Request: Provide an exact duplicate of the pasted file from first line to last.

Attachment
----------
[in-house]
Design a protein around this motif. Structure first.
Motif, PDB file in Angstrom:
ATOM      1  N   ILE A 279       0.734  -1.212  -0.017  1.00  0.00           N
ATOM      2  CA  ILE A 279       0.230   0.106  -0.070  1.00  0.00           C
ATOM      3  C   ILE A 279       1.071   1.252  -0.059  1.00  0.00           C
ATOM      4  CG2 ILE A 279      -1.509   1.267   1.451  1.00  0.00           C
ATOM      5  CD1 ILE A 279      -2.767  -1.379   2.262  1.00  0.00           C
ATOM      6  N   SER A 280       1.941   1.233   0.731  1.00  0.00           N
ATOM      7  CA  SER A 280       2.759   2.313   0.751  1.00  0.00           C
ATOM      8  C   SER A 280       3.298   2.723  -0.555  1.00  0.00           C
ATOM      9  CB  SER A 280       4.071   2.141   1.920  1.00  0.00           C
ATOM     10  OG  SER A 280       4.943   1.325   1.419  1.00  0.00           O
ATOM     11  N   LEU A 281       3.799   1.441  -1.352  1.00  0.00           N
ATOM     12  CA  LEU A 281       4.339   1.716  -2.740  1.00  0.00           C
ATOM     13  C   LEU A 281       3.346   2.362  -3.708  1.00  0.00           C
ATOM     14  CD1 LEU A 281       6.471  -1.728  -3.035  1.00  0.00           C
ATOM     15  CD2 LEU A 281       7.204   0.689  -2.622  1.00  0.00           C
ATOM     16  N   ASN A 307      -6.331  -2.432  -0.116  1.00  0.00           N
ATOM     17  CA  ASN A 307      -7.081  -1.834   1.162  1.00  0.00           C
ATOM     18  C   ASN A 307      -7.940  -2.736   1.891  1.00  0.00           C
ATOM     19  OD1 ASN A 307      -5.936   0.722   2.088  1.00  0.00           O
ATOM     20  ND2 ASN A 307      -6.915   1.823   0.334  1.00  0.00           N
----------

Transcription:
[in-house]
Design a protein around this motif. Structure first.
Motif, PDB file in Angstrom:
ATOM      1  N   ILE A 279       0.734  -1.212  -0.017  1.00  0.00           N
ATOM      2  CA  ILE A 279       0.230   0.106  -0.070  1.00  0.00           C
ATOM      3  C   ILE A 279       1.071   1.252  -0.059  1.00  0.00           C
ATOM      4  CG2 ILE A 279      -1.509   1.267   1.451  1.00  0.00           C
ATOM      5  CD1 ILE A 279      -2.767  -1.379   2.262  1.00  0.00           C
ATOM      6  N   SER A 280       1.941   1.233   0.731  1.00  0.00           N
ATOM      7  CA  SER A 280       2.759   2.313   0.751  1.00  0.00           C
ATOM      8  C   SER A 280       3.298   2.723  -0.555  1.00  0.00           C
ATOM      9  CB  SER A 280       4.071   2.141   1.920  1.00  0.00           C
ATOM     10  OG  SER A 280       4.943   1.325   1.419  1.00  0.00           O
ATOM     11  N   LEU A 281       3.799   1.441  -1.352  1.00  0.00           N
ATOM     12  CA  LEU A 281       4.339   1.716  -2.740  1.00  0.00           C
ATOM     13  C   LEU A 281       3.346   2.362  -3.708  1.00  0.00           C
ATOM     14  CD1 LEU A 281       6.471  -1.728  -3.035  1.00  0.00           C
ATOM     15  CD2 LEU A 281       7.204   0.689  -2.622  1.00  0.00           C
ATOM     16  N   ASN A 307      -6.331  -2.432  -0.116  1.00  0.00           N
ATOM     17  CA  ASN A 307      -7.081  -1.834   1.162  1.00  0.00           C
ATOM     18  C   ASN A 307      -7.940  -2.736   1.891  1.00  0.00           C
ATOM     19  OD1 ASN A 307      -5.936   0.722   2.088  1.00  0.00           O
ATOM     20  ND2 ASN A 307      -6.915   1.823   0.334  1.00  0.00           N